The Principal–Agent Model of Accountability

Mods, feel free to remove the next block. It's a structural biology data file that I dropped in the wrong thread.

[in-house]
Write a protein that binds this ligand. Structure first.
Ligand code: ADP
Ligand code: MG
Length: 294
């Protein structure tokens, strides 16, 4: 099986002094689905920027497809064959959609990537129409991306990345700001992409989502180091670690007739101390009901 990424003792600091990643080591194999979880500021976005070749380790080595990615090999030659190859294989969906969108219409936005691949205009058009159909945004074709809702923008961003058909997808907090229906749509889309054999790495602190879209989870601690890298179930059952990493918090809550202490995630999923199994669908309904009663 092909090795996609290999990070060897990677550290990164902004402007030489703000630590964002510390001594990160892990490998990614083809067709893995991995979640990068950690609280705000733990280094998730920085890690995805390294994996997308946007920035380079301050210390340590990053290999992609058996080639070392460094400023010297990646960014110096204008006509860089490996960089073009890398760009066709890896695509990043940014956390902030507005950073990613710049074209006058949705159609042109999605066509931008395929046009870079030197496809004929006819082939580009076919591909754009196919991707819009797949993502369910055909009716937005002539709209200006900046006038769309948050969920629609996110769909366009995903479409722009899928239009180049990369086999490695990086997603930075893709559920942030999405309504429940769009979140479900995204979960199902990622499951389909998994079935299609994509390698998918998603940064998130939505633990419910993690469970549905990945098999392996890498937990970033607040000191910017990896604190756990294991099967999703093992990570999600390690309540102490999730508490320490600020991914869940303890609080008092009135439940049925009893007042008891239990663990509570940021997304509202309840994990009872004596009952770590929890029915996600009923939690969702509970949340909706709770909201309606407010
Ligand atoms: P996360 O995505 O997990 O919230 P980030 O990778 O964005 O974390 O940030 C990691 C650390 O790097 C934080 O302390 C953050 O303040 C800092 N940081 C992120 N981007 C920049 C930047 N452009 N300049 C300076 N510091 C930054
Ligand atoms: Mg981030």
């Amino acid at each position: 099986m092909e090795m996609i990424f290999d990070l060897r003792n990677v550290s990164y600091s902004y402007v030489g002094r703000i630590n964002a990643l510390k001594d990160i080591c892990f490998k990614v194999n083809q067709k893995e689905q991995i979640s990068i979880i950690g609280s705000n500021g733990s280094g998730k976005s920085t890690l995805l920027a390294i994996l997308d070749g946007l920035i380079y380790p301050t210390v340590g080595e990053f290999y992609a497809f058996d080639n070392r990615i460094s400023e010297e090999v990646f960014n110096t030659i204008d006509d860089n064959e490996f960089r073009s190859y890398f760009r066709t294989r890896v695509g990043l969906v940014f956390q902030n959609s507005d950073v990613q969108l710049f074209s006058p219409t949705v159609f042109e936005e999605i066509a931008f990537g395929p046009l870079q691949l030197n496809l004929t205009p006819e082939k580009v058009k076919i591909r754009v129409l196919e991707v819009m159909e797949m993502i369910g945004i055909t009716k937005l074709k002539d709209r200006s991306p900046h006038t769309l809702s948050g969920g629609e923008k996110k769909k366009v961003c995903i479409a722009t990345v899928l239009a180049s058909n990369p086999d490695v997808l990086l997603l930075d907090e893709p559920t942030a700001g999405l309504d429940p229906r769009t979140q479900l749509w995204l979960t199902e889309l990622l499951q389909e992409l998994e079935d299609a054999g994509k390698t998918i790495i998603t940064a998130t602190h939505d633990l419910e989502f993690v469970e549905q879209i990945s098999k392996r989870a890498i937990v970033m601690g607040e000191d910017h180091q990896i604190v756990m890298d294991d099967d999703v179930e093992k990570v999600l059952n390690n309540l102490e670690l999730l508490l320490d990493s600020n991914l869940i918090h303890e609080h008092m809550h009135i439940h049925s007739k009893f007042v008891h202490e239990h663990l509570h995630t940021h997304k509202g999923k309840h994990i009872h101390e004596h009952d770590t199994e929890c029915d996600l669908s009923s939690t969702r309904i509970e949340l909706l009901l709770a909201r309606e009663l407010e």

This chapter argues that contemporary social scientific discourse has become dominated by a narrow, disciplinary model of accountability typified by the widespread use of the principal–agent framework. Within this model, accountability is treated as involving citizen “principals” holding representative “agents” to account in order to compel the agent to uphold the principal’s interests. Accountability becomes equated with punishability. The model has the benefit of illuminating how conflicting interests and informational constraints can confound the effects of electoral accountability. Nonetheless, when it comes to gaining a full picture of what democratic accountability entails, this approach has several shortcomings. It is too bound to institutional hierarchies at the expense of horizontal forms of accountability. It is too focused on disciplining officials according to the principal’s preferences, at the expense of accountability’s role in generating preferences and new forms of solidarity. It also reflects a conservative bias that favors formal institutions and that discounts accountability initiatives coming from outside established institutional structures.
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